Sexism in Women’s Football
According to a survey, two-thirds of the women who are associated in the field of football have gone through discrimination in the work setting and more than one-thirds think that they are underpaid compared to the men who are generally doing a similar job.
The study exposes the measure of discrimination in this well-loved game, revealing that among those who have been involved in sexism in a workplace setting, almost one-third have witnessed that women were often told that they cannot handle their jobs properly due to their gender.
Notwithstanding the immense success of several women like Margaret Bryne, chief executive for Sunderland and Karren Brady, vice chairman of West Ham United, discrimination is still very much rampant in the world of football. Brady has been speaking openly of the sexism she has experienced in her journey as the managing director for Birmingham
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From the BBC . . . The Football Association is calling on fans to report sexist abuse at games after being shown disturbing scenes of women officials and staff being subjected to obscene chants.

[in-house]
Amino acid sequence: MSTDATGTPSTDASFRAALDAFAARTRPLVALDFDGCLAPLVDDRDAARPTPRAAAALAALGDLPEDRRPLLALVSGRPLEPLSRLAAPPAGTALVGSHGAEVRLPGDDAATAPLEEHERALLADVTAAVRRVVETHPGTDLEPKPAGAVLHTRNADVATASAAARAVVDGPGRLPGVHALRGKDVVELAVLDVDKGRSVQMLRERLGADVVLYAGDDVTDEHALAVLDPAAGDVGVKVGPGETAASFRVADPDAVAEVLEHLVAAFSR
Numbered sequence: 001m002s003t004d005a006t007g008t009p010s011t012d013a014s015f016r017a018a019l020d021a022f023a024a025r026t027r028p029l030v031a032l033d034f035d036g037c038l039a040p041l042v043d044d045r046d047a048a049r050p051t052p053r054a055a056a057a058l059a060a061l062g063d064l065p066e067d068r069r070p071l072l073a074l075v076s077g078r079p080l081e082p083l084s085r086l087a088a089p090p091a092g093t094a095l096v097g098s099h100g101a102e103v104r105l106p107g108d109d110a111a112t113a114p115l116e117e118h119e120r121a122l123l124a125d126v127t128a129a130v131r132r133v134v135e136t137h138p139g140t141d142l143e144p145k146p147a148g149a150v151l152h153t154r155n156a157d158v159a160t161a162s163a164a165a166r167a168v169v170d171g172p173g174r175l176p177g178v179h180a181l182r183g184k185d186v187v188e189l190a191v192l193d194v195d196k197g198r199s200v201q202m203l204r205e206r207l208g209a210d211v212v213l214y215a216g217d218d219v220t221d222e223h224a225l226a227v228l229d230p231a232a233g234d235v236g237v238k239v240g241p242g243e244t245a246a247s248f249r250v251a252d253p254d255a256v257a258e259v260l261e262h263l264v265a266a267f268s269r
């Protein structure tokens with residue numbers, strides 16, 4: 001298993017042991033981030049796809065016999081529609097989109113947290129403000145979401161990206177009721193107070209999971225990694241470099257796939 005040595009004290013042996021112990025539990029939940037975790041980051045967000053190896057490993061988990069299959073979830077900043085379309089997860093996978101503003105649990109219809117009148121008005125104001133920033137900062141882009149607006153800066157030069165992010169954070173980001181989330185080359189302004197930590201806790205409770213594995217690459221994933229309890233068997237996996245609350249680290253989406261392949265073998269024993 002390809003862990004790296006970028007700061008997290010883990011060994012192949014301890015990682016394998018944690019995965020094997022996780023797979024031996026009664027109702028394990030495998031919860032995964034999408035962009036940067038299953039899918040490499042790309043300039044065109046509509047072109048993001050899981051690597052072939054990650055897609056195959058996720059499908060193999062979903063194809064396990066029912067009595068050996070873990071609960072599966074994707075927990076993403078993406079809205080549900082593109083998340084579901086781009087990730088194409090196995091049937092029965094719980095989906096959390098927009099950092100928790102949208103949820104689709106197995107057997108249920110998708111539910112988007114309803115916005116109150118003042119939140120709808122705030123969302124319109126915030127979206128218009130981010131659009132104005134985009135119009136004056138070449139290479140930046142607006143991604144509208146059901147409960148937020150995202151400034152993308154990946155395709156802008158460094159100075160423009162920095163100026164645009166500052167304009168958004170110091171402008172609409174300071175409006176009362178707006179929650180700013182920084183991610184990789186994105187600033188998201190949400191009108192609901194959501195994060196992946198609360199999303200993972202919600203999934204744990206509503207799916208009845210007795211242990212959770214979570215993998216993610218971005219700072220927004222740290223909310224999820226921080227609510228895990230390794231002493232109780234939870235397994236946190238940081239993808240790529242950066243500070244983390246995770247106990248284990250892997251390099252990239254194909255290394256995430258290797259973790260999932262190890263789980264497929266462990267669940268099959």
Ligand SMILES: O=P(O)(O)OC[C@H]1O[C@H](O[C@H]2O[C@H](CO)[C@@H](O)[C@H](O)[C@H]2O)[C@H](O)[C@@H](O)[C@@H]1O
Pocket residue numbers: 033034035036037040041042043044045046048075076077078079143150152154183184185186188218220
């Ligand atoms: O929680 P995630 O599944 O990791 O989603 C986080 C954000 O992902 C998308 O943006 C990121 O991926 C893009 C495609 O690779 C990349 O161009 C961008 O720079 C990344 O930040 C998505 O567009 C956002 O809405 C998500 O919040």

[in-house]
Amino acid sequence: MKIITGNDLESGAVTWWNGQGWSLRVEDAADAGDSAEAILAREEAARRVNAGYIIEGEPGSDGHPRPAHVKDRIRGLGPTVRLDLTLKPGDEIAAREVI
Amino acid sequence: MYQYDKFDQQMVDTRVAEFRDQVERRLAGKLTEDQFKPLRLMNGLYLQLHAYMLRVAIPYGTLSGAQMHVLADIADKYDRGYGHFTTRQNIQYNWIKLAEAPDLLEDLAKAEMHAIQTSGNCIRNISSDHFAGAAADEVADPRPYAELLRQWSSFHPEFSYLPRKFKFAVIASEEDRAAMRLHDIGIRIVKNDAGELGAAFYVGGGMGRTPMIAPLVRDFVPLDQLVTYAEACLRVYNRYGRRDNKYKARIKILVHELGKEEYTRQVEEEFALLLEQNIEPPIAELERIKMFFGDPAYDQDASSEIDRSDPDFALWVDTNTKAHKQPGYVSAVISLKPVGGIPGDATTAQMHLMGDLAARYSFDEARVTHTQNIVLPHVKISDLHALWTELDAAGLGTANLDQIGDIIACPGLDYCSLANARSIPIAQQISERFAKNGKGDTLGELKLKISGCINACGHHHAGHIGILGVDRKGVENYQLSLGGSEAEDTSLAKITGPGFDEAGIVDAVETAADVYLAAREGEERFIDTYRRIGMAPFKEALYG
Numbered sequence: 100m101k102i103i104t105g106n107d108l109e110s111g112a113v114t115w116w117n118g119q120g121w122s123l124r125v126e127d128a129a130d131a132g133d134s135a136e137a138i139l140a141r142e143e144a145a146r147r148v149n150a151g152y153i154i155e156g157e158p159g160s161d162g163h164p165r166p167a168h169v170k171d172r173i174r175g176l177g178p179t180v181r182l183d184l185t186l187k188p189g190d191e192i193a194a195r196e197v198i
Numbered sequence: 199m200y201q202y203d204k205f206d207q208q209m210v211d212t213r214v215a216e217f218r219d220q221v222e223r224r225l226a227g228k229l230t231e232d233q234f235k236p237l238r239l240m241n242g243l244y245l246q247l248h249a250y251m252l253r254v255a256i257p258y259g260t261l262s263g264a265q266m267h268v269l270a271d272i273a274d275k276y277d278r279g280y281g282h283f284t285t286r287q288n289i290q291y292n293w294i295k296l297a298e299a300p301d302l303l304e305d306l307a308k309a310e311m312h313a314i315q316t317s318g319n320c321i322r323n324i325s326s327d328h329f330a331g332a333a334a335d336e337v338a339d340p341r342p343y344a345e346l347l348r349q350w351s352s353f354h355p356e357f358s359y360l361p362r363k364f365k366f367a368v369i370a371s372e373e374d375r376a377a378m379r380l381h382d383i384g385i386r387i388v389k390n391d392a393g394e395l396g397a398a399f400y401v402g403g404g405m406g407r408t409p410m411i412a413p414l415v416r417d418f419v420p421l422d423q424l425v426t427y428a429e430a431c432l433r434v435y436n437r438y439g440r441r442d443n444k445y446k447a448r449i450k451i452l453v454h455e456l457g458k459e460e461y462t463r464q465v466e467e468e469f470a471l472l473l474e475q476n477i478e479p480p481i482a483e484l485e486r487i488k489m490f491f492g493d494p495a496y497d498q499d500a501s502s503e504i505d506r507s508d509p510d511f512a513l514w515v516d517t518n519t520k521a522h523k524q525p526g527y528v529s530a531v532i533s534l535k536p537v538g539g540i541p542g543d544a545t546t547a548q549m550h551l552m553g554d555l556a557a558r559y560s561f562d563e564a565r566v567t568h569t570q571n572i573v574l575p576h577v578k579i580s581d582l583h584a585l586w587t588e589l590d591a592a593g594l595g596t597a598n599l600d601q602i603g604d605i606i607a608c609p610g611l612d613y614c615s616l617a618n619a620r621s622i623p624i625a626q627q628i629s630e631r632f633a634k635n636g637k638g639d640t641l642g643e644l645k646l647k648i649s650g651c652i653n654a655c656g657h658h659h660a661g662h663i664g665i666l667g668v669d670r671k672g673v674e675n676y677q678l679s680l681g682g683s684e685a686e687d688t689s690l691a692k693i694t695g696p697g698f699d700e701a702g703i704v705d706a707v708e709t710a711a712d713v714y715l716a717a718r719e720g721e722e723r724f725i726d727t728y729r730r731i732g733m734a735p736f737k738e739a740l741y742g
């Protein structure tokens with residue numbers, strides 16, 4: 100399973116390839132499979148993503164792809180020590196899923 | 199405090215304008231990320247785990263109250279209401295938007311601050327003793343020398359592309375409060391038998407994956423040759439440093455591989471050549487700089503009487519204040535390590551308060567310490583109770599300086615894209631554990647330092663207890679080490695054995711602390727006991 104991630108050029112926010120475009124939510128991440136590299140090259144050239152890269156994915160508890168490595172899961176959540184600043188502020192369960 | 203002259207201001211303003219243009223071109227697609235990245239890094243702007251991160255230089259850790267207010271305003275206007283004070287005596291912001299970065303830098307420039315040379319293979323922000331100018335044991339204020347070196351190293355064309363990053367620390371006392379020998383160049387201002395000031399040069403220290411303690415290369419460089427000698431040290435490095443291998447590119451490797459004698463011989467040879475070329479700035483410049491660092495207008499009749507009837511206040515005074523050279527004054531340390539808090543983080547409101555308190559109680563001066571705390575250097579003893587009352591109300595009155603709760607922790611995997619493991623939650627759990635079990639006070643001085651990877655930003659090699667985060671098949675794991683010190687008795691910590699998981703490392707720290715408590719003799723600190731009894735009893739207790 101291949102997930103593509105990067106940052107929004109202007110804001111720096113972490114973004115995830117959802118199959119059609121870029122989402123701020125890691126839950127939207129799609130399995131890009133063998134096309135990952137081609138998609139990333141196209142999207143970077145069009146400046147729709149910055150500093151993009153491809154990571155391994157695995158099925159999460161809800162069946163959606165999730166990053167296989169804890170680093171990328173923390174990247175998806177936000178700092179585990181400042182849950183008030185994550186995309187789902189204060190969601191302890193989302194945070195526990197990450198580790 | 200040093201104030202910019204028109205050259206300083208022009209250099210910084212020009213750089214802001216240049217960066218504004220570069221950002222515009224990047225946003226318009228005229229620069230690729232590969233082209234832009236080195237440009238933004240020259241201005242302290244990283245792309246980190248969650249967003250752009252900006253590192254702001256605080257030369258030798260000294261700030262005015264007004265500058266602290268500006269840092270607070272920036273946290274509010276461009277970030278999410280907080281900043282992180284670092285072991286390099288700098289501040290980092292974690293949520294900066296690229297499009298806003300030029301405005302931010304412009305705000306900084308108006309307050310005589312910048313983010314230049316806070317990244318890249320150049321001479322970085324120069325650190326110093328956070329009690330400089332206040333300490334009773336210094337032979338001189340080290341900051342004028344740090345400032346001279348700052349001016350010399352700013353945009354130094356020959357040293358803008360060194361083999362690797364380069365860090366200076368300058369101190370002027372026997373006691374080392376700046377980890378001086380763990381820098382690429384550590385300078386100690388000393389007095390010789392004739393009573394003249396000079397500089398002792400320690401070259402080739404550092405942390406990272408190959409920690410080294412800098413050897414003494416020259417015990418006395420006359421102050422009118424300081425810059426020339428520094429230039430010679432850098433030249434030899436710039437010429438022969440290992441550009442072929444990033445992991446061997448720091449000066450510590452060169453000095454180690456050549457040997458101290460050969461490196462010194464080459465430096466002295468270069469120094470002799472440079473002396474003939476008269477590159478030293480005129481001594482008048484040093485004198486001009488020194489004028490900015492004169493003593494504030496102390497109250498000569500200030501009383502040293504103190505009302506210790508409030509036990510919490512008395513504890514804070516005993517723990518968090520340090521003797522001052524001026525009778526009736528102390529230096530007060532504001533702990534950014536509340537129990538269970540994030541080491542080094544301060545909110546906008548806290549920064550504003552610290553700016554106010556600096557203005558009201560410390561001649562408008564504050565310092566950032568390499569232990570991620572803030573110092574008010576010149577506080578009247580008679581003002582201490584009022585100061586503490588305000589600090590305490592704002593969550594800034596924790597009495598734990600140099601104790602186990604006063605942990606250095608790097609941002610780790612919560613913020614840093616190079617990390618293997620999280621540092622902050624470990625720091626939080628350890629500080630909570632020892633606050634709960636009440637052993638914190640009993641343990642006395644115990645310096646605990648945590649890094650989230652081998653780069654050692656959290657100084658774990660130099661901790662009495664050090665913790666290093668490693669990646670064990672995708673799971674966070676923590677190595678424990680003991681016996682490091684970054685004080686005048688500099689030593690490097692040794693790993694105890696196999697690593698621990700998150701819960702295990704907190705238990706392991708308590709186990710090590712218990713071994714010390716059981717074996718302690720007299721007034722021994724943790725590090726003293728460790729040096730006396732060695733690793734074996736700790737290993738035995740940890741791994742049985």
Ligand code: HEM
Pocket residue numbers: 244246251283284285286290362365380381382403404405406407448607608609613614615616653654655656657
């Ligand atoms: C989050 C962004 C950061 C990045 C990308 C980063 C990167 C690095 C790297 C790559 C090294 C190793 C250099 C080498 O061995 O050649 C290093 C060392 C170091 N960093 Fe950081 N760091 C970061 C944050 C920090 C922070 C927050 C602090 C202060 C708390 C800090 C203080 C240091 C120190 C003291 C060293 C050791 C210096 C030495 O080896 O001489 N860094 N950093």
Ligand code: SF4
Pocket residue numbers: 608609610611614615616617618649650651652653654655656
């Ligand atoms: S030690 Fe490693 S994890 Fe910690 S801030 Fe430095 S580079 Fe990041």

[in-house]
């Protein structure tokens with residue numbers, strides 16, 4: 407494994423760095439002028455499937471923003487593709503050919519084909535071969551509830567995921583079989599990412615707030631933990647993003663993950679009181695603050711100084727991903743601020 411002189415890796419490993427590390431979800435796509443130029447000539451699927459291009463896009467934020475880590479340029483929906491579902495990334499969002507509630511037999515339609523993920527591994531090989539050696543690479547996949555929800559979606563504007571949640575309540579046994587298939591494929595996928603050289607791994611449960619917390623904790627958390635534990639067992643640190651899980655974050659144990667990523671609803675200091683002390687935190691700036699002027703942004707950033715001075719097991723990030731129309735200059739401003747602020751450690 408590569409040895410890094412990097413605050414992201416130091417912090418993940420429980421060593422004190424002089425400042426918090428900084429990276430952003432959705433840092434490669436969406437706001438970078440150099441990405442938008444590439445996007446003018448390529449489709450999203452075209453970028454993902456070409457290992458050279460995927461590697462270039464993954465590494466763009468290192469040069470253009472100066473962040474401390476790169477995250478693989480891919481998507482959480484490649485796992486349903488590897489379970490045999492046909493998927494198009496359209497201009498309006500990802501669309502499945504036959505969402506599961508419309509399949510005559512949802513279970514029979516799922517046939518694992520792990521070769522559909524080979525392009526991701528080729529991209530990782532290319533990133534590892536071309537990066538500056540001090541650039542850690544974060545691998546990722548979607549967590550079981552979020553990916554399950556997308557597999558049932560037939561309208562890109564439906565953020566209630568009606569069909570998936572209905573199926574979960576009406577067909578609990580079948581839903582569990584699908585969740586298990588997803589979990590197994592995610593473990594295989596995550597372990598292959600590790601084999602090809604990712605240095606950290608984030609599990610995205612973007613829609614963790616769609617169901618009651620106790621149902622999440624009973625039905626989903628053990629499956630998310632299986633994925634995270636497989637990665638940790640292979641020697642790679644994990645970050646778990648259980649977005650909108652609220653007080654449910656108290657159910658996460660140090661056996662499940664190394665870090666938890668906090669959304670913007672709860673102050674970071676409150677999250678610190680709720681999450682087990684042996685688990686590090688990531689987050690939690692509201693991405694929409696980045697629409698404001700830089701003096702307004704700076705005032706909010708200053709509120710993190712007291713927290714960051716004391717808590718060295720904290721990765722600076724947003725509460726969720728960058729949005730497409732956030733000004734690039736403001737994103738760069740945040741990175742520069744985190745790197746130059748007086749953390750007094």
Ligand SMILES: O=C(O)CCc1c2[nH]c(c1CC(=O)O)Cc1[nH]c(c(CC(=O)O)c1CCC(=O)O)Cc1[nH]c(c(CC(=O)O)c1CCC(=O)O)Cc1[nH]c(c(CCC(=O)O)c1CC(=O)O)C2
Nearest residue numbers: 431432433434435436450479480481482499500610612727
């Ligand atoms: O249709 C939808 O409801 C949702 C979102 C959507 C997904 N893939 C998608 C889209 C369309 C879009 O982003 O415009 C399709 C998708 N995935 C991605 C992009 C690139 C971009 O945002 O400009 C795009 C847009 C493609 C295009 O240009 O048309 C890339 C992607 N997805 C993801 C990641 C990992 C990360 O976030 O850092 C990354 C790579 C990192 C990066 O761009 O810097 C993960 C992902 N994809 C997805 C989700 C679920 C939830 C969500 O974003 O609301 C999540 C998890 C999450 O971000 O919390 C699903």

Footage obtained by the BBC shows Chelsea's female medic Dr Eva Carneiro and a female assistant referee Helen Byrne suffering taunts during recent matches. FA board member Heather Rabbatts described the abuse as "horrible". She said it should not be tolerated, adding: "We are absolutely encouraging people to report incidents like this."
The footage was taken at Chelsea matches against Manchester City and Manchester United, as well as a game in the Football League. Chelsea said in a statement: "'The issue of equality is one that we take extremely seriously at Chelsea Football Club and we abhor discrimination in all its forms, including sexism. We find such behaviour unacceptable and we want it eradicated from the game.
"This season, 25 match-day incidents of sexist abuse have been reported to anti-discrimination campaign group Kick It Out and equality group Women in Football (WiF). Last season, there were just two. However, a lack of evidence means no club or fan has ever been punished by football's governing bodies.
Manchester City admitted "a breakdown in communication" meant "the usual investigation process was not followed". The club added: "A new specific guidance on sexist abuse was introduced from the very next game and a new training programme implemented." Manchester United said: "No complaint was made at the time, so any feedback of this nature made after the event has to be referred to the police, which the club did within 24 hours."
The Football Supporters' Federation said it "doesn't receive many complaints in relation to sexist chanting at games, although that isn't to say it doesn't happen".